So what of “separation of church and state?” That misunderstood term came from an 1802 letter from Thomas Jefferson to the Danbury (Connecticut) Baptist Association after they congratulated him on his election as president. Letters from prominent leaders of that era were known to be viewed as policy letters of sorts, and Jefferson’s original draft included some statements that were removed for the final letter sent to the Danbury Baptists. The Library of Congress has both versions.

Presidents prior to Jefferson had frequently declared days of fasting and thanksgiving, a directive Jefferson believed was inappropriate for a government representative. Let us be clear here: Jefferson didn’t mind days of fasting and prayer — just not declared at will by a political figure. In the final letter, Jefferson opined the First Amendment built “a wall of separation between Church and State.” Jefferson intended to allay concerns among religious adherents that the federal government and its representatives might meddle in church operations.

The draft letter included statements even more firmly establishing Jefferson’s concept of keeping government out of church business. On advice of political allies — recognizing the letter would be read by people in all parts of the young nation — Jefferson removed some of the draft language to avoid statements that might not have been appreciated by northeastern Americans, even as it might be cheered by Virginians.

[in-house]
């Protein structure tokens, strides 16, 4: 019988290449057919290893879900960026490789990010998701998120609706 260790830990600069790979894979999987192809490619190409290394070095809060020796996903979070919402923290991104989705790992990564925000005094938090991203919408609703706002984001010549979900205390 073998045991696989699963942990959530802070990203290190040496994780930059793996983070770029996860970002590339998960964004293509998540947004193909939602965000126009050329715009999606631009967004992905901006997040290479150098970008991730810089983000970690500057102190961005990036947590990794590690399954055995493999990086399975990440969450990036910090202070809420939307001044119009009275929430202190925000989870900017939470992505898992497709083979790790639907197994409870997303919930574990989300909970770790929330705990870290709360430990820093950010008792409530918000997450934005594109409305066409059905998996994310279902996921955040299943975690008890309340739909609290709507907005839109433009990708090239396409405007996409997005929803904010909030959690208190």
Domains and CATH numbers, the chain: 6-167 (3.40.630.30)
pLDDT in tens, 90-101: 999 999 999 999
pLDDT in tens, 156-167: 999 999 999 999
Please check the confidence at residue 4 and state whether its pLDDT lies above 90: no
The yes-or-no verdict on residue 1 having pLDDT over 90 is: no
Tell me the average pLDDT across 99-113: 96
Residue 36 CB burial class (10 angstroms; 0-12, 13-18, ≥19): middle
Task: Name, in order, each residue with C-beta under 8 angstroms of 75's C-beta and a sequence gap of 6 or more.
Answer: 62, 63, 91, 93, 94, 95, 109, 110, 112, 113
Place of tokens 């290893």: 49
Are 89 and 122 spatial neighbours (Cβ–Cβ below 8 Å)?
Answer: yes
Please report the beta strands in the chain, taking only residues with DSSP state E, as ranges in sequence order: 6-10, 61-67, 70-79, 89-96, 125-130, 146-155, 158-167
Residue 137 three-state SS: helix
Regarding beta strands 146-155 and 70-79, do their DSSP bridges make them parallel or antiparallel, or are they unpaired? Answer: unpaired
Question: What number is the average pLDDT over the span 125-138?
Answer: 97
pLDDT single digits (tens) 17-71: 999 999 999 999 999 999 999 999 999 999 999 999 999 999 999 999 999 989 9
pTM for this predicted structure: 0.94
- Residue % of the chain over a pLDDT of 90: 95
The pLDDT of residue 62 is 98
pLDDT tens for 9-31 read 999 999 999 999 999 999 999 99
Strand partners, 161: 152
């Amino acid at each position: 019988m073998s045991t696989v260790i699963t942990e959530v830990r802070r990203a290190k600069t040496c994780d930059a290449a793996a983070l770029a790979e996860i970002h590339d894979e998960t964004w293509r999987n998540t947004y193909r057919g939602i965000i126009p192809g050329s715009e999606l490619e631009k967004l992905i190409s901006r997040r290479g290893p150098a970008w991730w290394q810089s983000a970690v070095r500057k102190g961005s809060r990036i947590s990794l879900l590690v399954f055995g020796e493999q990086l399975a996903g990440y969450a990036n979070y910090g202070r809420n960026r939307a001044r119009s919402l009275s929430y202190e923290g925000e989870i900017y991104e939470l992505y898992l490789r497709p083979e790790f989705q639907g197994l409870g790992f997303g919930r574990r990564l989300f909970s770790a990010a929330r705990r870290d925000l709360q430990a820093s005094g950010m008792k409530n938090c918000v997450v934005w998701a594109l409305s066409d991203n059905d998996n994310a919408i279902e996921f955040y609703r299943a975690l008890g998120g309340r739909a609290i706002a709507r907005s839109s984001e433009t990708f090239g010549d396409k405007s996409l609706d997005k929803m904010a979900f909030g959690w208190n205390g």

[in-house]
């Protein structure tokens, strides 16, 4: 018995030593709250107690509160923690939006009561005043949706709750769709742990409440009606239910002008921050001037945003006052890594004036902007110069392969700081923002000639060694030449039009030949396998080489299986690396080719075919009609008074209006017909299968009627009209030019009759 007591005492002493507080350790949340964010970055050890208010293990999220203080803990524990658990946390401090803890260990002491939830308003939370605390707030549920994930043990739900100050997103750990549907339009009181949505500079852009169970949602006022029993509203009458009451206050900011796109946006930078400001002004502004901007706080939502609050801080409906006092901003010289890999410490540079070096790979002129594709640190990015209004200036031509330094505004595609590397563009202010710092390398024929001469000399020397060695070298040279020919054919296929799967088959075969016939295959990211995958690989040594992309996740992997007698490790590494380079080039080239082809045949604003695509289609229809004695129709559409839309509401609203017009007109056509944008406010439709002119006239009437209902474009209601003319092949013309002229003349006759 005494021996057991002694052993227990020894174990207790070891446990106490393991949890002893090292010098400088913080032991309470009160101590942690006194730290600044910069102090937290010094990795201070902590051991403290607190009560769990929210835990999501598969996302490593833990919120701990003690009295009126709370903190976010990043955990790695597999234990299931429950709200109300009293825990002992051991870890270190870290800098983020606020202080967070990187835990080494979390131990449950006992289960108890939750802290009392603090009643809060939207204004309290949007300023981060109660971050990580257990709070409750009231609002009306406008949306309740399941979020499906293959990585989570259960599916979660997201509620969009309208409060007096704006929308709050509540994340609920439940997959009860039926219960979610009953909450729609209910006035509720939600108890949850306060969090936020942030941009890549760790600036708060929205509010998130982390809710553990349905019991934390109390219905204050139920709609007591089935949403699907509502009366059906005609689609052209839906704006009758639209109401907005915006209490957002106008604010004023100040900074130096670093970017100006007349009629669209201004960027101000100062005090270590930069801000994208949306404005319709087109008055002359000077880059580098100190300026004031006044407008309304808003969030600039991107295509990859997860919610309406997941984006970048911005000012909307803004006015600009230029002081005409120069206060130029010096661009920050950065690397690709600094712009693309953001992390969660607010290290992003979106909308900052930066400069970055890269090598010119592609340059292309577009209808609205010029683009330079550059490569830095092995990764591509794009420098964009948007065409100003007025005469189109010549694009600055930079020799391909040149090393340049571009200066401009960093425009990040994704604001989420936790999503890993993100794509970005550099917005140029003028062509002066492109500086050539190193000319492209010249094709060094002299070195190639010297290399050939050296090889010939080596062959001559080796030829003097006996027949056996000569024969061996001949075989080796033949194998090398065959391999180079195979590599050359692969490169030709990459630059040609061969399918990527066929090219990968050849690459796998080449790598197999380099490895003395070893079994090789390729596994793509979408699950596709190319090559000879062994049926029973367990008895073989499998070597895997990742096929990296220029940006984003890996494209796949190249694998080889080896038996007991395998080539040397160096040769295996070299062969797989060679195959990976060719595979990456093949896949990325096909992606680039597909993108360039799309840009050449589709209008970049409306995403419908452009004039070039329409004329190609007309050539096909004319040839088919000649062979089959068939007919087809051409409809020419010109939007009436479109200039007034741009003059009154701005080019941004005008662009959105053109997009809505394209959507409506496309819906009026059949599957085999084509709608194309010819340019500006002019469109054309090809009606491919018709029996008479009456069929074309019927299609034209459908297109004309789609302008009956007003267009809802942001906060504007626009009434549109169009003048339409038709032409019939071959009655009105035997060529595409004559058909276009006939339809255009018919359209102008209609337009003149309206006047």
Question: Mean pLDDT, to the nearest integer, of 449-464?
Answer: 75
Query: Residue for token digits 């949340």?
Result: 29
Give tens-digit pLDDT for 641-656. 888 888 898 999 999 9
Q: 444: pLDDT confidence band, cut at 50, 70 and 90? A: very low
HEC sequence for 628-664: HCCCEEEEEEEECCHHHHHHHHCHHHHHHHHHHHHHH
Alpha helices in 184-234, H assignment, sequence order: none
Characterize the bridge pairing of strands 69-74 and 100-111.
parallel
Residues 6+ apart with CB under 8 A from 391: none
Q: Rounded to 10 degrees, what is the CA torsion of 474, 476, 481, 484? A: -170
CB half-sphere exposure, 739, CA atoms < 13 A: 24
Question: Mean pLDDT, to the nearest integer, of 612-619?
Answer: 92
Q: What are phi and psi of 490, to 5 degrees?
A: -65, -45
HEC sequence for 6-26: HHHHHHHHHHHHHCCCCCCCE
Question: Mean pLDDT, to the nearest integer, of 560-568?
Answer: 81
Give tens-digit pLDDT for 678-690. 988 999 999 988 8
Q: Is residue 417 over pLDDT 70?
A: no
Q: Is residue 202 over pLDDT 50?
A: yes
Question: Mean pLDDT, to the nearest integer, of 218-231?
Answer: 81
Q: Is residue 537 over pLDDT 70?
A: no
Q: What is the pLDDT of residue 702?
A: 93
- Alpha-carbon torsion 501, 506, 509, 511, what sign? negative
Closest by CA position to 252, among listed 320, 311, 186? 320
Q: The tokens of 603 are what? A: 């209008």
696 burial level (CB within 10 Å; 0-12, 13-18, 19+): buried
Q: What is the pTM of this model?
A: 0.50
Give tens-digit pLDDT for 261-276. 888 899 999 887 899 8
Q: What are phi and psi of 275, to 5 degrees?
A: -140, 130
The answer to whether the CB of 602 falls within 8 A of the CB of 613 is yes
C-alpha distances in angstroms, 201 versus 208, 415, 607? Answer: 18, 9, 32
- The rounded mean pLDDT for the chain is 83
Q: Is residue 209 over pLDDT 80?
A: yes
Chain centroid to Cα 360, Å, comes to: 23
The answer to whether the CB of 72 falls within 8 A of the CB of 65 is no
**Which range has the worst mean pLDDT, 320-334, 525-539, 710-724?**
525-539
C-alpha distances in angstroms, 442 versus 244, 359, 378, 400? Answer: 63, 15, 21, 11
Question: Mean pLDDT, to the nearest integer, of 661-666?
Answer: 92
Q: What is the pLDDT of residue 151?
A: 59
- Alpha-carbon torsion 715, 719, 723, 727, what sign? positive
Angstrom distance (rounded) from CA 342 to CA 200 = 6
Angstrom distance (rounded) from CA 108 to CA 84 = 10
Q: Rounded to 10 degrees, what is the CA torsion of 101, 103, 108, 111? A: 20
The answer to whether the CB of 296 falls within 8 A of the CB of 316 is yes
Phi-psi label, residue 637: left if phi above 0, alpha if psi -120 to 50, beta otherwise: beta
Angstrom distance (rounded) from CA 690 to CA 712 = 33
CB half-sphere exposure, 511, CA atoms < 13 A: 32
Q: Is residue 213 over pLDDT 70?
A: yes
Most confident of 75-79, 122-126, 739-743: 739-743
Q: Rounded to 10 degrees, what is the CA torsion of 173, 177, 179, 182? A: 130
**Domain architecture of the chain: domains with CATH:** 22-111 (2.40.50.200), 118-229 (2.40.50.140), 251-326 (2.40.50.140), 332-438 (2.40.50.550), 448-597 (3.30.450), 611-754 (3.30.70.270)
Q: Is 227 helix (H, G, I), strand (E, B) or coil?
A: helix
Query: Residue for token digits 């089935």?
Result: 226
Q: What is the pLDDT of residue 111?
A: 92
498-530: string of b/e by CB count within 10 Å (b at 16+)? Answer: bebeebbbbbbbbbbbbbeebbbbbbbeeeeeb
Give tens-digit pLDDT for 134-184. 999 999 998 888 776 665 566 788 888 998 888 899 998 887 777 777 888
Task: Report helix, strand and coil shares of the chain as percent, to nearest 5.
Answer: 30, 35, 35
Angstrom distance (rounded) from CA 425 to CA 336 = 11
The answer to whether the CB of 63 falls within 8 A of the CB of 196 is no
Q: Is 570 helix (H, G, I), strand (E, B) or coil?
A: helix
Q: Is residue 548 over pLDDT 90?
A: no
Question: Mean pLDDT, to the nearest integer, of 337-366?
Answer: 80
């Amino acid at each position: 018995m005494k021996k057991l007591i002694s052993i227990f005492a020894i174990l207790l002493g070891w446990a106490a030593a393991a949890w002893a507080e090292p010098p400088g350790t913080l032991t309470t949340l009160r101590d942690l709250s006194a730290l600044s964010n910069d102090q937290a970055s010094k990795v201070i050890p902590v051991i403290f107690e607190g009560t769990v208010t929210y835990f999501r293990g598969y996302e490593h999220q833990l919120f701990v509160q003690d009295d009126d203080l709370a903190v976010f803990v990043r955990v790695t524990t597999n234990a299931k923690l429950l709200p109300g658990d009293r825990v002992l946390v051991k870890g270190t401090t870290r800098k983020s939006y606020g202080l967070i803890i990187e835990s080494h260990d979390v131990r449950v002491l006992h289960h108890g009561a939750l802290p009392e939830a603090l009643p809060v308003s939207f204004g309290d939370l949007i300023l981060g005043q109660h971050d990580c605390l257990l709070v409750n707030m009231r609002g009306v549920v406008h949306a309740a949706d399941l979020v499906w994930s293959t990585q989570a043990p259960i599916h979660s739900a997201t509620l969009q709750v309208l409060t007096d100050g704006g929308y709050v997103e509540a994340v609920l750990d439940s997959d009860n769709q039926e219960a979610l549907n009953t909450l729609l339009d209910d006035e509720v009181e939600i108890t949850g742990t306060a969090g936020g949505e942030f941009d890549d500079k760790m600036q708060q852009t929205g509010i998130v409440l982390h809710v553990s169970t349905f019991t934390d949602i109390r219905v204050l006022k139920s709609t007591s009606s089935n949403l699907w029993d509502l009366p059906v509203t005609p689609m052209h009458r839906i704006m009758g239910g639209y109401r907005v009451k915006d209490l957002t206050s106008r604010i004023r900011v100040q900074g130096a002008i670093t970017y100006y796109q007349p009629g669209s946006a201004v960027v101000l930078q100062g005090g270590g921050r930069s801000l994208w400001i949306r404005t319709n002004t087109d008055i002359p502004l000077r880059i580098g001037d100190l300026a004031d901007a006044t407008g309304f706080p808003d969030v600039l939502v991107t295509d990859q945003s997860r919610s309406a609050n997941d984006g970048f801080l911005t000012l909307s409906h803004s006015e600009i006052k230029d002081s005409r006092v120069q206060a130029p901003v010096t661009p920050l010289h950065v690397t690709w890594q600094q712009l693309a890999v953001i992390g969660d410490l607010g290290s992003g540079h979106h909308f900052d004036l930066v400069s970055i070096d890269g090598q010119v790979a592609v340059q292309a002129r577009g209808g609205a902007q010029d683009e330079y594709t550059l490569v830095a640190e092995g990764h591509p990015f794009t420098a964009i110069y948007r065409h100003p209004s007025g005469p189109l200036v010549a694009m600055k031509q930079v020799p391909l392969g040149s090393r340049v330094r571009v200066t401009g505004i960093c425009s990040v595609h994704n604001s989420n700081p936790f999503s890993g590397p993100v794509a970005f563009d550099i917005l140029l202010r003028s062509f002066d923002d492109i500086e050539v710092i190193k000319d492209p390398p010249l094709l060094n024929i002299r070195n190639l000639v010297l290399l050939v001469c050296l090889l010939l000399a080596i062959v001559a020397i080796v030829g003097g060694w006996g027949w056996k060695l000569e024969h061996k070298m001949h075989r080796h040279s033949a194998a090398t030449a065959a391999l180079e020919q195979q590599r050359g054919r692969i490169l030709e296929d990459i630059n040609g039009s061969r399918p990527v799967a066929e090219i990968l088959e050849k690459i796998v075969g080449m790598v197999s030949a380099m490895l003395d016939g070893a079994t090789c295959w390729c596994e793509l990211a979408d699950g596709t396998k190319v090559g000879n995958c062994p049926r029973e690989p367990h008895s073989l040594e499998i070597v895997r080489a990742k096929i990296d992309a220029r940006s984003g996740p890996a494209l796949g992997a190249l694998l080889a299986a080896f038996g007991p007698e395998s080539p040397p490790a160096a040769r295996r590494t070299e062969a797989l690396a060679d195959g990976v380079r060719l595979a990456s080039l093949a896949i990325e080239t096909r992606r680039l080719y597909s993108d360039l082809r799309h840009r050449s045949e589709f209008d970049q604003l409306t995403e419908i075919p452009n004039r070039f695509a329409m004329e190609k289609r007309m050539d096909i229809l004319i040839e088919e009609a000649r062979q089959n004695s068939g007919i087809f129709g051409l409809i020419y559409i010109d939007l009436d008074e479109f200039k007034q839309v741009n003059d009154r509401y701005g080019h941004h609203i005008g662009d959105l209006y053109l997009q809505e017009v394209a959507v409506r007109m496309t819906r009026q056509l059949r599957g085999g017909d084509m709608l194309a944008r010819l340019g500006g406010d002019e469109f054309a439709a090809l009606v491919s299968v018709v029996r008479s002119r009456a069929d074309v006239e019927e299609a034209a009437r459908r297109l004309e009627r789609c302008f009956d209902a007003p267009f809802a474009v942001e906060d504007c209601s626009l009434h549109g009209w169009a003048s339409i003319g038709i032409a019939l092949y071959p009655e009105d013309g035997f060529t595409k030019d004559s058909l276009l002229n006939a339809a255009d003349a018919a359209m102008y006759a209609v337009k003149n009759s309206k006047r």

Regardless of the version of the Danbury Baptist letter we read, it is clear Jefferson’s “wall of separation between Church and State” was consistent with views that government must not get involved in church governance but that churches have no limitation on being involved in civic decisions and government laws.

Since Jefferson’s time, the Supreme Court has heard many cases about religious freedom. John S. Baker Jr. wrote in the First Amendment Encyclopedia, “The Supreme Court first quoted Jefferson’s reference in Reynolds v. United States (1879), a case in which the Court rejected the claim that the First Amendment’s protection of religious liberty exempted members of The Church of Jesus Christ of Latter-day Saints from the prohibition of polygamy due to their religious belief (at that time, but no longer) in the duty of polygamy.”

Everson v. Board of Education (1947) in a 5-4 vote became the landmark case in which the establishment clause of the First Amendment was made binding on states. Later cases have relied heavily on Everson’s majority and dissenting opinions. Justice Hugo Black wrote in his majority opinion that the “First Amendment has erected a wall between church and state. That wall must be kept high and impregnable. We could not approve the slightest breach. New Jersey has not breached it here.”

Separation of church and state may always be a place of tension. Rulings against a government are common. Limited government involvement is allowed such as with school busing or school lunch at parochial schools. Very rare is a ruling against a religious organization, such as in the Reynolds case. People of faith and their denominations are free to seek influence in government decisions.

Gene Whitmore is a political scientist, theologian and author.